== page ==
Sunday, September 13, 2009

City of Birmingham Gas

In a sense, Birmingham is the home of gas, as William Murdock came from Cornwall in 1777 to join Boulton and Watt at the Soho Manufactory. There he discovered the use of coal gas for lighting and gave a public display at the Soho works for the celebration of the Peace of Amiens in 1802. A year later the whole of the works was lit by gas.

In 1816 tenders were invited for street lighting by gas, and only one offer was received, from a Mr. Gostling of London, who had already installed lighting in Westminster. The tender was accepted, and he was immediately asked to extend his contract to another 16 streets. As this was beyond his private means, he set up the Birmingham Gas Company by private Act of Parliament. In 1818 Birmingham had its first street lighting by gas, which was manufactured in Gas Street.

The 1849 Kelly’s Director lists the Birmingham Gas Light & Coke Company with works at Gas Street, Fazeley Street, and Windsor Street, and the Birmingham & Staffordshire Gas & Coke Company with its Birmingham works at 57 Adderley Street.

By the 1870s there were 33 municipal gas undertakings in the country. This was at a time when Birmingham reached the peak of its prosperity, and enjoyed the leadership of the Mayor, Joseph Chamberlain, who in 1874 persuaded the Council to vote by 54 votes to two in favour of buying the companies out. An Act of Parliament in July 1875 authorised the deal and the Birmingham Corporation Gas Committee was set up.

From the start, the Birmingham Gas department was a success, making more money which benefited the ratepayers, while gas charges were reduced twice in the first five years. Between 1929 and 1931 the Gas Department installed gas connections and slot meters to about 21,000 court and terrace houses without charge, enlarging its statutory area of operation from 125 to 195 square miles.

By 1938 one-third of the gas produced was used for manufacturing purposes. Gas was still used largely for street lighting, with spectacular high-pressure fittings in Victoria Square, Now Street, Corporation Street, and parts of Hagley Road.

With nationalization in 1949 the undertaking came under the control of the West Midlands Gas Board.

-submitted by Paul Green

Bristol Water Co.

Water was piped in to Bristol as early as 1695, and a canal - which was never built - was planned to link Bath with Bristol in 1811. Neither ever provided enough clean water to satisfy the city's needs or to help prevent the outbreak of disease.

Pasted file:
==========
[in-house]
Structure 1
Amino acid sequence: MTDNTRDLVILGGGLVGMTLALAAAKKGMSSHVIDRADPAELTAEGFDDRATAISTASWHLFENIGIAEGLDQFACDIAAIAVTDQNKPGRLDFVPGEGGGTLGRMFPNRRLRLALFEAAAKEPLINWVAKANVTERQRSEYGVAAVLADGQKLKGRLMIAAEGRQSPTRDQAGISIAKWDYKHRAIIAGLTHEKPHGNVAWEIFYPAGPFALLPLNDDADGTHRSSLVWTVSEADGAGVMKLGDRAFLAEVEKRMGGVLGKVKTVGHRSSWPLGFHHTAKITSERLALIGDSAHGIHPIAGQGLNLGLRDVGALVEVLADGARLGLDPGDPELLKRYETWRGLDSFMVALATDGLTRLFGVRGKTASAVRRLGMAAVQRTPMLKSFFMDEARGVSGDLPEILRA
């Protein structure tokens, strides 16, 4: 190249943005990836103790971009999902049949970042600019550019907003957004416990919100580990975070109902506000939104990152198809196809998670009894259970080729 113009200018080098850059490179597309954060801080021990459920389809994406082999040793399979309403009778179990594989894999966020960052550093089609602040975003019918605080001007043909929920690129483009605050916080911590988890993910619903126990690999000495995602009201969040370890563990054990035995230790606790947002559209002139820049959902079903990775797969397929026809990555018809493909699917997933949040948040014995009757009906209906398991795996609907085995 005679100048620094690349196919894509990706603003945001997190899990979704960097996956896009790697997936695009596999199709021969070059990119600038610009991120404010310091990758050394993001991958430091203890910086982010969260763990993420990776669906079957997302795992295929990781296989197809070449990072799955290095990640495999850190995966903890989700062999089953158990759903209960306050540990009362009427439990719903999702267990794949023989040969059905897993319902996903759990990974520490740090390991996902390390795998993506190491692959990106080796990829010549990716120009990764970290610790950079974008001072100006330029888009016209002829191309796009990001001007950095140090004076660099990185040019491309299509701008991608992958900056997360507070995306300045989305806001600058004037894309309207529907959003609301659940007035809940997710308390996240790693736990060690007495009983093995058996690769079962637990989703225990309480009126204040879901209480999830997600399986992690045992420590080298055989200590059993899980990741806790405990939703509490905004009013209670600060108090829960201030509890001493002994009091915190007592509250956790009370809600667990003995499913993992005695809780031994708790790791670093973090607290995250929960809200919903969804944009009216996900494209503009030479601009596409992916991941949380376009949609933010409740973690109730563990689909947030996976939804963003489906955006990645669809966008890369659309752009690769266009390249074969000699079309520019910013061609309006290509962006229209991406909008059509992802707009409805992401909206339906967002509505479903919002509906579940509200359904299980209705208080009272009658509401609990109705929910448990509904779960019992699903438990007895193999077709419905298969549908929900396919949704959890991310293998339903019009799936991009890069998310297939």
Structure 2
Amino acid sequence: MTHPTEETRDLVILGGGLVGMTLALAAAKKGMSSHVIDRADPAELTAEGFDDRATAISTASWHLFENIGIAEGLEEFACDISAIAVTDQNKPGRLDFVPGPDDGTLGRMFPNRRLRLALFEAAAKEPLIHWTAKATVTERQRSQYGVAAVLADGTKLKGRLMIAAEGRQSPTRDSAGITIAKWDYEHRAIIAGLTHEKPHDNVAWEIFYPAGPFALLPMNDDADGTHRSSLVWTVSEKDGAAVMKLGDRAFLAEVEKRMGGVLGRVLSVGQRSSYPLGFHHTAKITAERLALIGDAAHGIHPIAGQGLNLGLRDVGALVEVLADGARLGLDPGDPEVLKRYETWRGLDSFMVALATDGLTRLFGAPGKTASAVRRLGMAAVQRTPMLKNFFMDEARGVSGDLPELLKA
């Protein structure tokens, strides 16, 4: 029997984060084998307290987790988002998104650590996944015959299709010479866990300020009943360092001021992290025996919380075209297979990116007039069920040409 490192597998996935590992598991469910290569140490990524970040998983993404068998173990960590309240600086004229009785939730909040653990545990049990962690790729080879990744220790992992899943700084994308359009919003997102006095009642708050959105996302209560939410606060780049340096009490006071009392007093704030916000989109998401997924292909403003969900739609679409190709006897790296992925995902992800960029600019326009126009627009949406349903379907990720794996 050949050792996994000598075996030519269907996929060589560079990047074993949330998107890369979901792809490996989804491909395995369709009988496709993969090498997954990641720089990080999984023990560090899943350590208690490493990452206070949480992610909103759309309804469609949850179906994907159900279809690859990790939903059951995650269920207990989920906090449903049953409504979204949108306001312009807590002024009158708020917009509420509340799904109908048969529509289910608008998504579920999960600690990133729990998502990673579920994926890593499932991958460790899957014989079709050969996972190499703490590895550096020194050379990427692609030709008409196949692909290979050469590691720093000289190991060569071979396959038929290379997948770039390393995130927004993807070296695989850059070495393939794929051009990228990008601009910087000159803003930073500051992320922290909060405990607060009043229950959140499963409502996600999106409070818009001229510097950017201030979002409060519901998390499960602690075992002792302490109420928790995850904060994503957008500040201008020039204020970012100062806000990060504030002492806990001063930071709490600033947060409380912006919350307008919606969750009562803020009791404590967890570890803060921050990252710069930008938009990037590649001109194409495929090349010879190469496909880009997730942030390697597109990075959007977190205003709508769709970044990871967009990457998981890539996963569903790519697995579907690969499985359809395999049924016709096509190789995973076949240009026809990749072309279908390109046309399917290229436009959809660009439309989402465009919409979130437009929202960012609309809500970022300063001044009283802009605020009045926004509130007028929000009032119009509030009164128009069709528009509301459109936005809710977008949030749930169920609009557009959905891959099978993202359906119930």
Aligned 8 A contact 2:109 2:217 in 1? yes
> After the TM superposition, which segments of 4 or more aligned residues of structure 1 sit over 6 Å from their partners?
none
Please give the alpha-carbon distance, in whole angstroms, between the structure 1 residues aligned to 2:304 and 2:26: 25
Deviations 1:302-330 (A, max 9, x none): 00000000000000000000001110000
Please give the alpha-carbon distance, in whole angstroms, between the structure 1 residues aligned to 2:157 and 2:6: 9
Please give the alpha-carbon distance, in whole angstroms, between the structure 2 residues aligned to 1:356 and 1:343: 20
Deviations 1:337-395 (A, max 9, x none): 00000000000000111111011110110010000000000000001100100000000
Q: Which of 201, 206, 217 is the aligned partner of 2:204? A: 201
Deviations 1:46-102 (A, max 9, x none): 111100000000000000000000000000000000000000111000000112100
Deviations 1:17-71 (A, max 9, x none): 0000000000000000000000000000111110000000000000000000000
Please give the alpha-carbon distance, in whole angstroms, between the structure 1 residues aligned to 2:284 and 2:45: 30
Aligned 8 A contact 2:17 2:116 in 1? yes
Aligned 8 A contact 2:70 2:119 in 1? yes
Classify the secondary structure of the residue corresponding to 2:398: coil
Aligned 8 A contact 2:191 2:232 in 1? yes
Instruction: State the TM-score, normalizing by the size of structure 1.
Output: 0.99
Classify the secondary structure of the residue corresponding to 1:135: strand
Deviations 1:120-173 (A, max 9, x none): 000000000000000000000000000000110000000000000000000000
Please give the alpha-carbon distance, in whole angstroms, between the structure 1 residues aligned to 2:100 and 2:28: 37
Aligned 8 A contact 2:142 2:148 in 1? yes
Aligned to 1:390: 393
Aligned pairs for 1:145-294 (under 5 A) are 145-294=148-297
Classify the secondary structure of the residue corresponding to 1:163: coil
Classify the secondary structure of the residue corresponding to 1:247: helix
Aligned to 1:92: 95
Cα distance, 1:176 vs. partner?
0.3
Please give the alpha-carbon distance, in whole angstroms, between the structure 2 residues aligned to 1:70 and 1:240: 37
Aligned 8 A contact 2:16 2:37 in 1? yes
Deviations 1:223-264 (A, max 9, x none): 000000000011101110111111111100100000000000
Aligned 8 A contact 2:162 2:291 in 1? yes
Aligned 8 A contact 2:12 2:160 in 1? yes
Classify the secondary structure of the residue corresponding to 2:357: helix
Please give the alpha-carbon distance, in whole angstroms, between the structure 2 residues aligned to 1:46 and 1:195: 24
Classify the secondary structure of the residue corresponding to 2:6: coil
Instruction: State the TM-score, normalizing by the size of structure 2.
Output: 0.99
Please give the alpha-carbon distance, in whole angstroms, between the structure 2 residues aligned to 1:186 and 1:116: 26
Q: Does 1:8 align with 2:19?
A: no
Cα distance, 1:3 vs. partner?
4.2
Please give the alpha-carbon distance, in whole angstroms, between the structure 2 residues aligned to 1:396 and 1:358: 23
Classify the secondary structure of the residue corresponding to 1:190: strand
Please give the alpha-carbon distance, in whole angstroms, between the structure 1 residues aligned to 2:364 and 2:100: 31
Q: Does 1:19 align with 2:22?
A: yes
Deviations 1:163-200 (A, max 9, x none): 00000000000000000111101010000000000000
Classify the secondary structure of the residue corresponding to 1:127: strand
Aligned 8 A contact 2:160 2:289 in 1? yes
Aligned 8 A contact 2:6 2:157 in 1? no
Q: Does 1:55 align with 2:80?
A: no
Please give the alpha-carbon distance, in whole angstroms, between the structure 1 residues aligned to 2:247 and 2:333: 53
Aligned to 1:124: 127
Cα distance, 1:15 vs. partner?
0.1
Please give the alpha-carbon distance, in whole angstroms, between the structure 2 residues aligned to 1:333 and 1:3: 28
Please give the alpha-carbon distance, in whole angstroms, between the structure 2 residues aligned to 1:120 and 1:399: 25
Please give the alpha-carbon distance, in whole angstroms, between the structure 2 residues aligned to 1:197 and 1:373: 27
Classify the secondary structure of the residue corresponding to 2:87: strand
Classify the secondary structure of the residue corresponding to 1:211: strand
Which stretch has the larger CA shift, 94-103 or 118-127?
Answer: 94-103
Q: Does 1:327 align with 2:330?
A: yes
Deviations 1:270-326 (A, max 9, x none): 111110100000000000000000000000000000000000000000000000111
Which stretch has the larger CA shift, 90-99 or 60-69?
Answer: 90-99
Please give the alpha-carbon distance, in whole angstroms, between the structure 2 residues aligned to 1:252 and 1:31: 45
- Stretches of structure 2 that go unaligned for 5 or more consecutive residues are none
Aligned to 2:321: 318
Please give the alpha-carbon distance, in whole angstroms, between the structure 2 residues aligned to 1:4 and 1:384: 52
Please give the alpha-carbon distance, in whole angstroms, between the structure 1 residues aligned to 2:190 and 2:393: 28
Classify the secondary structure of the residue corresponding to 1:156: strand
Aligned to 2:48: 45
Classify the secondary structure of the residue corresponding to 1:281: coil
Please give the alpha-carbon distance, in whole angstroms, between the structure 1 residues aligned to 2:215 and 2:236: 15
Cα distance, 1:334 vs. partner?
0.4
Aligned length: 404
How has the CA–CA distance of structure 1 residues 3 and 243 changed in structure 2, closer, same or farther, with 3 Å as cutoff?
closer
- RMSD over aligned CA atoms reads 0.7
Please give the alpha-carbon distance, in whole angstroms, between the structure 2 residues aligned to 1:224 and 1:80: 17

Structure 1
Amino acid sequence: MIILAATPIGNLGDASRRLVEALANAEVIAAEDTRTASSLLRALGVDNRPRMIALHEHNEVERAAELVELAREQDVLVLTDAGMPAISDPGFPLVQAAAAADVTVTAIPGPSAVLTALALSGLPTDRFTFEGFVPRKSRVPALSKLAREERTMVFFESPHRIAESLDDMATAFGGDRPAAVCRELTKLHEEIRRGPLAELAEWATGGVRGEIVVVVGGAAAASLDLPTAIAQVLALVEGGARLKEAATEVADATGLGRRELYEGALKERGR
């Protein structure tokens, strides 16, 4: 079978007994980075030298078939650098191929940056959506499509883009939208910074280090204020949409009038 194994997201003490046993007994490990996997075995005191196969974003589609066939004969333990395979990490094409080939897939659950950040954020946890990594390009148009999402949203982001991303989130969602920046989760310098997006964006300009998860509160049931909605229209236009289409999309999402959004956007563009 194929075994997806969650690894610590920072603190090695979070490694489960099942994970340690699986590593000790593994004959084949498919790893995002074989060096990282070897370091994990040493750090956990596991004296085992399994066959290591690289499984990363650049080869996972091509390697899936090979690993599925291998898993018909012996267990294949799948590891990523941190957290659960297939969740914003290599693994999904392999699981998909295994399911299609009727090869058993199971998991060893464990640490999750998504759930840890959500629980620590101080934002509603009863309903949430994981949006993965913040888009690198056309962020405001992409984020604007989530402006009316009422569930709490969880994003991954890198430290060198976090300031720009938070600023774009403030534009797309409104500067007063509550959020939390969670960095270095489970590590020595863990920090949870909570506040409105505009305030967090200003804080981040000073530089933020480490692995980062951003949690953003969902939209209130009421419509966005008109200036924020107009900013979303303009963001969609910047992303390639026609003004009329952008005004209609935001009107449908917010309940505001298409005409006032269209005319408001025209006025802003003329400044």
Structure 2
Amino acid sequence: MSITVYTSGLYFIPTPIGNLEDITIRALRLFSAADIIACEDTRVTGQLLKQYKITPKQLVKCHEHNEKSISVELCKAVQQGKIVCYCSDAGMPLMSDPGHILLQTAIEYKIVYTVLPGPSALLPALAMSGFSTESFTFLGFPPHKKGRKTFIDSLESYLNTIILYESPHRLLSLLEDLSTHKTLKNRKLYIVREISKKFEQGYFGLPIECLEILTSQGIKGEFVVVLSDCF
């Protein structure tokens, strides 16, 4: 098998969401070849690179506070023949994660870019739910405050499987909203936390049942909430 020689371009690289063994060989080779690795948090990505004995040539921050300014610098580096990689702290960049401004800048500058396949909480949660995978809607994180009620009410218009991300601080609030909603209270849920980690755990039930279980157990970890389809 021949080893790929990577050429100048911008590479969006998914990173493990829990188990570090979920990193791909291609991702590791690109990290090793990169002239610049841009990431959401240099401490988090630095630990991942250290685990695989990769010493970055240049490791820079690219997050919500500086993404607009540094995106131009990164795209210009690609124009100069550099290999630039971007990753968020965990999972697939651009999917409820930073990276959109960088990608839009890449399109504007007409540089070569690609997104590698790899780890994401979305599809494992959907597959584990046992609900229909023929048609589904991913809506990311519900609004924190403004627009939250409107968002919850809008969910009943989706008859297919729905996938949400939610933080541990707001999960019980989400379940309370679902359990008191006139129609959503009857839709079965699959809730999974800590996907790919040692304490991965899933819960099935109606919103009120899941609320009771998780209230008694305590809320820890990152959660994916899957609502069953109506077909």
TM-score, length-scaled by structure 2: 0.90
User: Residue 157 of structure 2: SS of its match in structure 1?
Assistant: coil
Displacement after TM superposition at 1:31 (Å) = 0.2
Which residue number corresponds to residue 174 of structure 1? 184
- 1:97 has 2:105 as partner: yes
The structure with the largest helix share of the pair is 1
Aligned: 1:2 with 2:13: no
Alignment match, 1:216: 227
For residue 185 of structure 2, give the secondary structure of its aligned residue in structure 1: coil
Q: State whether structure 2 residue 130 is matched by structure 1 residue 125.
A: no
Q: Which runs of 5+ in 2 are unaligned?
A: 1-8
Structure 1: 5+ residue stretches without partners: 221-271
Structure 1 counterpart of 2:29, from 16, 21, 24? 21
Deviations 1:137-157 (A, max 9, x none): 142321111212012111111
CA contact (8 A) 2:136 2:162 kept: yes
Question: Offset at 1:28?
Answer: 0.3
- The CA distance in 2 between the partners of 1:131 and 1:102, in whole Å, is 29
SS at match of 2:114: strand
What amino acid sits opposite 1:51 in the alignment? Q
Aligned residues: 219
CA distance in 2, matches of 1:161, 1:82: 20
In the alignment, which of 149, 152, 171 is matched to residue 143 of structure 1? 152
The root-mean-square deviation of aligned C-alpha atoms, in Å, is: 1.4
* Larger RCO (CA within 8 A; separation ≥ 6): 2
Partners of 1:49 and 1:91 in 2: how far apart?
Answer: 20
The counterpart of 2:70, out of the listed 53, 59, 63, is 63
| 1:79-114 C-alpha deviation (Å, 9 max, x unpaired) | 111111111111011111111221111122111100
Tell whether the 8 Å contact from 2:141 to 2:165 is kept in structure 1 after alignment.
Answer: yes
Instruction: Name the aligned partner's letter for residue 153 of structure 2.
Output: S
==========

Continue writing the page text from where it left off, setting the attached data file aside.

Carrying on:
In 1840, a government commission recorded: "There are few large towns in England in which the supply of water is as inadequate as at Bristol." The following year, the Society of Merchant Venturers, a collection of prominent Bristol businessmen, established the Merchant Venturers Water Works. With Isambard Kingdom Brunel as a backer, the group sought to supply water to Clifton and the wealthier parts of Bristol.

In 1845 a rival group formed. They were concerned that these plans were too restrictive and would not provide for the poorer, more densely-populated areas of Bristol. Prominent local citizens involved included William Budd, a pioneer in sanitation; Francis Fry, the industrialist and philanthropist; and George Thomas, the Quaker merchant who founded Bristol General Hospital. Their plan was to supply the whole city, not just Clifton, by bringing in fresh water from the Mendips.

The government weighed up the plans of the two groups, and narrowly came down on the side of the new group. On the 16th of July 1846 the Bristol Waterworks Company was formally established by an Act of Parliament. Only fifteen months later, the first 'sweet clear waters' travelled from Chewton Mendip, via Barrow and the engineering feat of the 16km Line of Works conduit, into the heart of Bristol.

Today Bristol Water now supplies well over a million people. Whilst the Mendips, particularly Chew, Blagdon, and Cheddar Lakes, are vitally important to the local water supply, over half of the supplied water is piped from the Severn via the Sharpness Canal.

There are 6,382 km of local water mains - a far cry from the 16km of the original Line of Works!

-submitted by Paul Green

Britannic Assurance Company Ltd.

Britannic Assurance Company Ltd. was founded in Birmingham in 1866 as British Workman’s Mutual Assurance Company Limited to provide life assurance and pension services.

Britannic went through a series of name changes until settling on Britannic Assurance Company Ltd. in 1921.

In 1981 it changed its name again to Britannic Assurance Plc. It made acquisitions, including Britannia Asset Management, Alba Life, Evergreen Retirement and First Active.

Finally, in December 2006, Britannic Group Plc was merged into Resolution Plc.

-submitted by Paul Green